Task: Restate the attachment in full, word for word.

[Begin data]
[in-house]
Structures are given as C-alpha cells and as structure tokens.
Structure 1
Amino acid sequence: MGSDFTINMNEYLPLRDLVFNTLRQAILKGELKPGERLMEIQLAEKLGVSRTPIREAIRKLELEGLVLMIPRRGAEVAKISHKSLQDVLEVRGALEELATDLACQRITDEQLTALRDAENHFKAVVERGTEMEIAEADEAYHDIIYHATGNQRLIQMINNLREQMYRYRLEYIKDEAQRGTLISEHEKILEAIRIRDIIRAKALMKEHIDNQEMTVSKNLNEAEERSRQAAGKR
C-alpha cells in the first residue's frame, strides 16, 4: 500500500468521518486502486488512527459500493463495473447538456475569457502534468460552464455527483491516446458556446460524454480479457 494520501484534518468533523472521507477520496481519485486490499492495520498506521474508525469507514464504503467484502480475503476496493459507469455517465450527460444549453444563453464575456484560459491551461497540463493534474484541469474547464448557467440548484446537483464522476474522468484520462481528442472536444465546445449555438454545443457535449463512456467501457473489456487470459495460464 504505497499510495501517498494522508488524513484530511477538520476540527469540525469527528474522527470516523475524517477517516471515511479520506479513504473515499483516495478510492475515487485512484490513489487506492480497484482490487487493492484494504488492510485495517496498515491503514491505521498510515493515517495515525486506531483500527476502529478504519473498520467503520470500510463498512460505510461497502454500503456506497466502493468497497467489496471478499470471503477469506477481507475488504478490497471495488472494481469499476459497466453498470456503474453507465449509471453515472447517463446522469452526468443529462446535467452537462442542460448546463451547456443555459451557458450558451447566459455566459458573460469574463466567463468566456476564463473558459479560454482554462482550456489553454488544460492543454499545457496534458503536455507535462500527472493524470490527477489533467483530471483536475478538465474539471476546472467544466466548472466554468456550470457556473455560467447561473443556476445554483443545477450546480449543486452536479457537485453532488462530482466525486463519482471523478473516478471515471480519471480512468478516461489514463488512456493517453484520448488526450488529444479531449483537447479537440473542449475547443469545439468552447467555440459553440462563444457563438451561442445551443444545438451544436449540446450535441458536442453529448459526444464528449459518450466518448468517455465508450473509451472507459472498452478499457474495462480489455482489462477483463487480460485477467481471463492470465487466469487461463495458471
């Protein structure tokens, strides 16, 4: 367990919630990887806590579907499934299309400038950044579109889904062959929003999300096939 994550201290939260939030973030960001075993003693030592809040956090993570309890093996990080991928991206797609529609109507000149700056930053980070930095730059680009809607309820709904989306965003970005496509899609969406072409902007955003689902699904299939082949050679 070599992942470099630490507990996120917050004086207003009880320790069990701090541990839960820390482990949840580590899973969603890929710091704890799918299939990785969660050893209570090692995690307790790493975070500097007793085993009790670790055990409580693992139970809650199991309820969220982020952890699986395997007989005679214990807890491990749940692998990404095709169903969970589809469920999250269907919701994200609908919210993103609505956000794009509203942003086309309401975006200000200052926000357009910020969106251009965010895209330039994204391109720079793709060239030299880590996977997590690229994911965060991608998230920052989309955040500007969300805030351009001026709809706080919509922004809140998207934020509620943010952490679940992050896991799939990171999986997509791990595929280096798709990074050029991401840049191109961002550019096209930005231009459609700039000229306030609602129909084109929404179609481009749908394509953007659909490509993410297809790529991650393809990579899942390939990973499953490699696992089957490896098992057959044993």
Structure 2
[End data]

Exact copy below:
[in-house]
Structures are given as C-alpha cells and as structure tokens.
Structure 1
Amino acid sequence: MGSDFTINMNEYLPLRDLVFNTLRQAILKGELKPGERLMEIQLAEKLGVSRTPIREAIRKLELEGLVLMIPRRGAEVAKISHKSLQDVLEVRGALEELATDLACQRITDEQLTALRDAENHFKAVVERGTEMEIAEADEAYHDIIYHATGNQRLIQMINNLREQMYRYRLEYIKDEAQRGTLISEHEKILEAIRIRDIIRAKALMKEHIDNQEMTVSKNLNEAEERSRQAAGKR
C-alpha cells in the first residue's frame, strides 16, 4: 500500500468521518486502486488512527459500493463495473447538456475569457502534468460552464455527483491516446458556446460524454480479457 494520501484534518468533523472521507477520496481519485486490499492495520498506521474508525469507514464504503467484502480475503476496493459507469455517465450527460444549453444563453464575456484560459491551461497540463493534474484541469474547464448557467440548484446537483464522476474522468484520462481528442472536444465546445449555438454545443457535449463512456467501457473489456487470459495460464 504505497499510495501517498494522508488524513484530511477538520476540527469540525469527528474522527470516523475524517477517516471515511479520506479513504473515499483516495478510492475515487485512484490513489487506492480497484482490487487493492484494504488492510485495517496498515491503514491505521498510515493515517495515525486506531483500527476502529478504519473498520467503520470500510463498512460505510461497502454500503456506497466502493468497497467489496471478499470471503477469506477481507475488504478490497471495488472494481469499476459497466453498470456503474453507465449509471453515472447517463446522469452526468443529462446535467452537462442542460448546463451547456443555459451557458450558451447566459455566459458573460469574463466567463468566456476564463473558459479560454482554462482550456489553454488544460492543454499545457496534458503536455507535462500527472493524470490527477489533467483530471483536475478538465474539471476546472467544466466548472466554468456550470457556473455560467447561473443556476445554483443545477450546480449543486452536479457537485453532488462530482466525486463519482471523478473516478471515471480519471480512468478516461489514463488512456493517453484520448488526450488529444479531449483537447479537440473542449475547443469545439468552447467555440459553440462563444457563438451561442445551443444545438451544436449540446450535441458536442453529448459526444464528449459518450466518448468517455465508450473509451472507459472498452478499457474495462480489455482489462477483463487480460485477467481471463492470465487466469487461463495458471
């Protein structure tokens, strides 16, 4: 367990919630990887806590579907499934299309400038950044579109889904062959929003999300096939 994550201290939260939030973030960001075993003693030592809040956090993570309890093996990080991928991206797609529609109507000149700056930053980070930095730059680009809607309820709904989306965003970005496509899609969406072409902007955003689902699904299939082949050679 070599992942470099630490507990996120917050004086207003009880320790069990701090541990839960820390482990949840580590899973969603890929710091704890799918299939990785969660050893209570090692995690307790790493975070500097007793085993009790670790055990409580693992139970809650199991309820969220982020952890699986395997007989005679214990807890491990749940692998990404095709169903969970589809469920999250269907919701994200609908919210993103609505956000794009509203942003086309309401975006200000200052926000357009910020969106251009965010895209330039994204391109720079793709060239030299880590996977997590690229994911965060991608998230920052989309955040500007969300805030351009001026709809706080919509922004809140998207934020509620943010952490679940992050896991799939990171999986997509791990595929280096798709990074050029991401840049191109961002550019096209930005231009459609700039000229306030609602129909084109929404179609481009749908394509953007659909490509993410297809790529991650393809990579899942390939990973499953490699696992089957490896098992057959044993």
Structure 2